Safe and enriching cat enclosures


Catios Recommended by the American Association of Feline Practitioners

American Association of Feline Practitioners Logo Recommend Catios

Indoor Living and Outdoor Roaming Both Bad for Cats

Veterinarian Dr. Karen Shaw Brecker, whom we introduced last month, is back writing about catio life. In a recent article she discusses the problem with indoor only living and outdoor roaming:

It’s often recommended that cats be kept indoors to keep them safe, and it’s quite true that outdoor cats face an increased risk of injury, poisoning and human abuse and theft, as well as risks posed by wildlife, extreme temperatures, vehicle traffic and infectious agents. But keeping a cat cooped up indoors does deprive him of many joys of cat life, like watching birds go by, climbing trees, feeling the sun on his fur and experiencing beneficial grounding.

In a position statement released by the American Association of Feline Practitioners (AAFP), an indoor/outdoor living arrangement, in a safe environment, is described as the best for cats, with AAFP noting, “Consideration for longevity often underlies the decision to keep cats indoors. However, a lifestyle choice made with the sole intention of increasing longevity — but in an impoverished or inadequate environment for each cat in the household — is not in the cat’s best interest.”1

If letting your cat out to roam freely is dangerous, but keeping him solely indoors runs the risk of becoming boring, what’s a viable alternative that’s growing tremendously in popularity? Build a catio!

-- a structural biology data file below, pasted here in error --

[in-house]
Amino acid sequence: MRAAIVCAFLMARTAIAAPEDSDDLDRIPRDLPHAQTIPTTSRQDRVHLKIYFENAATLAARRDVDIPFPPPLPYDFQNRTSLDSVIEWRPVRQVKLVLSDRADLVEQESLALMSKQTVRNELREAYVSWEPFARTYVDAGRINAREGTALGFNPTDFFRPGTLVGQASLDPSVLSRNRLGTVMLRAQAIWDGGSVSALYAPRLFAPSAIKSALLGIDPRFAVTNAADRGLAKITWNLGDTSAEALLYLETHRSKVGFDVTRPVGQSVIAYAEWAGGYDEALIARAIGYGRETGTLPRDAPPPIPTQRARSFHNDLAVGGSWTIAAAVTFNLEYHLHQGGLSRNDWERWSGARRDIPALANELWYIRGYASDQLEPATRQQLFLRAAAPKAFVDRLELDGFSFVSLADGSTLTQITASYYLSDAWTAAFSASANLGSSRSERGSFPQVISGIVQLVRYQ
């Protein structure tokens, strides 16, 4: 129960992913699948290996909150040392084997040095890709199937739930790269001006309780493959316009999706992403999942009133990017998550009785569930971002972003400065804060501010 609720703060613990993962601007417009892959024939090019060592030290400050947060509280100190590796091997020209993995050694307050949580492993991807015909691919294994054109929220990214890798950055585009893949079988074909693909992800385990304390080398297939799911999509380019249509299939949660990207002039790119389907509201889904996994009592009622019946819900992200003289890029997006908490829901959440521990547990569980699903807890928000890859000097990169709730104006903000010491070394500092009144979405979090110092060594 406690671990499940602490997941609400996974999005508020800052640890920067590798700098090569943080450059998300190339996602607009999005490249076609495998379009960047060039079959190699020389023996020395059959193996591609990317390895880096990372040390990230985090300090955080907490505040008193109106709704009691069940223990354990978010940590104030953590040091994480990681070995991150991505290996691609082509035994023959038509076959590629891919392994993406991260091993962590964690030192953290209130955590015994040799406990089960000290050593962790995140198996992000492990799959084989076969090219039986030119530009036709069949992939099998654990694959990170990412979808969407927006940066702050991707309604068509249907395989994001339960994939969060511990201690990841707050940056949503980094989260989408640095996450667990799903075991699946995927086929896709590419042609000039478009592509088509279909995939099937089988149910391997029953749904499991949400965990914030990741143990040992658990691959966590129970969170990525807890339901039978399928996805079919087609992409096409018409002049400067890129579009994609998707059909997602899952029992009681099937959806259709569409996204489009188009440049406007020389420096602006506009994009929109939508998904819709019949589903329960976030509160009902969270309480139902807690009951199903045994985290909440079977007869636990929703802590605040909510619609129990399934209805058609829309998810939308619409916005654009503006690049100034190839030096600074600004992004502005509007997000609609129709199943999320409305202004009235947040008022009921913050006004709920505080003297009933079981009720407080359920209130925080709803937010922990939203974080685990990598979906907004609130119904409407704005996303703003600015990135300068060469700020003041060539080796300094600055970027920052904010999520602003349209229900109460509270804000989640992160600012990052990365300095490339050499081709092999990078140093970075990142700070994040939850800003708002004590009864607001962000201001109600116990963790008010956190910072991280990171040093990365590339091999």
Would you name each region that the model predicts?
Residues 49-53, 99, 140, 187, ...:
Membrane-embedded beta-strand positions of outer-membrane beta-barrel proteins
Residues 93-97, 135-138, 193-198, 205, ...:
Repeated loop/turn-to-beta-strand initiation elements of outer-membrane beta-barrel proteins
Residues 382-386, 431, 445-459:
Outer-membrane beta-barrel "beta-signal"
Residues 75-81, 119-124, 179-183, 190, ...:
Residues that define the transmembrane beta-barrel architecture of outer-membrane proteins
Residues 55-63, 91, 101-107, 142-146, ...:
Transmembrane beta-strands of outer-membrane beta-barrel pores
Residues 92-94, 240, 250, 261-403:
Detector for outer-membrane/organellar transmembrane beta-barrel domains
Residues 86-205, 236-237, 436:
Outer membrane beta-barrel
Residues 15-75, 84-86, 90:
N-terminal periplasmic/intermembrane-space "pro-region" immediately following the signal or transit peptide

Indoor Sedentary Life Dangerous

The AAFP position statement (PDF) details a changing attitude among veterinarian organizations — which are moving away from their historical preference for indoor living. As “there is increased incidence of behavior problems if indoor cats are unable to express normal behaviors.” Sadly, these issues tend to grow worse and can lead to “an increase in relinquishment or euthanasia.” Here is a partial list of risks facing indoor cats:

  • Boredom
  • Lack of stimulation
  • Obesity (diabetes)
  • Lack of hunting and normal feeding behavior
  • Stress-associated disease
  • Lack of exercise
  • Hyperthyroidism

Ultimately, the AAFP Position Statement concludes “that indoor/outdoor living for cats in an environment that is safe is the best option for pet cats.”

Examples Of Safe Indoor/Outdoor Living Arrangements

According to the AAFP, “Safe outdoor living keeps the cat away from dangers and yet provides a more stimulating environment with potential for more normal feline behavior. Examples include:

  • Walking the cat on harness and leash
  • Outdoor enclosures
  • Fenced-in or invisible fence around the property

However, the Position Statement makes clear that, “Whenever possible, an outdoor enclosure is preferred.”

Outdoor Enclosures (Catios) Are Only Limited by Your Imagination

According to Dr. Becker, “Catios are only limited by your imagination (and budget)!” However, she does make the following suggestions:

  • Provide room for your cat(s) to roam
  • Vertical space to climb and explore
  • Natural materials like grass and cat-friendly herbs
  • Hiding spots
  • Shaded areas
  • Free access
  • Walkways, platforms, hammocks, ramps, shelves and cat trees
  • Scratching poles

All in all, “By establishing a safe space outdoors, like a catio, your cat can gain the benefits of being outdoors without the risk of injury, predation or theft.”

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